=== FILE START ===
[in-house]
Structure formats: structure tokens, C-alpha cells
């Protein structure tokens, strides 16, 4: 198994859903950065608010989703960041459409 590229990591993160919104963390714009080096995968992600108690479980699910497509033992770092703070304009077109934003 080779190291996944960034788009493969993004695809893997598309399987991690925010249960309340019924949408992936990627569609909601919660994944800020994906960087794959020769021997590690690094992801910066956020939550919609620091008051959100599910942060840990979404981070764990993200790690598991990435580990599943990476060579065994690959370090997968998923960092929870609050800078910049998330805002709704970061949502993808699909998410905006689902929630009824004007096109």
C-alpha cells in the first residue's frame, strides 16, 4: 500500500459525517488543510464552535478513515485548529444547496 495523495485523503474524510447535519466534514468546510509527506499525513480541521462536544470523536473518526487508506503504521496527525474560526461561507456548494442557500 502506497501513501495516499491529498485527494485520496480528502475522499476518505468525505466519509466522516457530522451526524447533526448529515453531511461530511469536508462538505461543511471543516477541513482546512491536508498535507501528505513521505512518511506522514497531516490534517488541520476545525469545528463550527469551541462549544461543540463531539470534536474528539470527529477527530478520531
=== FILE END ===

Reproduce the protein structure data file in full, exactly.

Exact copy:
[in-house]
Structure formats: structure tokens, C-alpha cells
């Protein structure tokens, strides 16, 4: 198994859903950065608010989703960041459409 590229990591993160919104963390714009080096995968992600108690479980699910497509033992770092703070304009077109934003 080779190291996944960034788009493969993004695809893997598309399987991690925010249960309340019924949408992936990627569609909601919660994944800020994906960087794959020769021997590690690094992801910066956020939550919609620091008051959100599910942060840990979404981070764990993200790690598991990435580990599943990476060579065994690959370090997968998923960092929870609050800078910049998330805002709704970061949502993808699909998410905006689902929630009824004007096109």
C-alpha cells in the first residue's frame, strides 16, 4: 500500500459525517488543510464552535478513515485548529444547496 495523495485523503474524510447535519466534514468546510509527506499525513480541521462536544470523536473518526487508506503504521496527525474560526461561507456548494442557500 502506497501513501495516499491529498485527494485520496480528502475522499476518505468525505466519509466522516457530522451526524447533526448529515453531511461530511469536508462538505461543511471543516477541513482546512491536508498535507501528505513521505512518511506522514497531516490534517488541520476545525469545528463550527469551541462549544461543540463531539470534536474528539470527529477527530478520531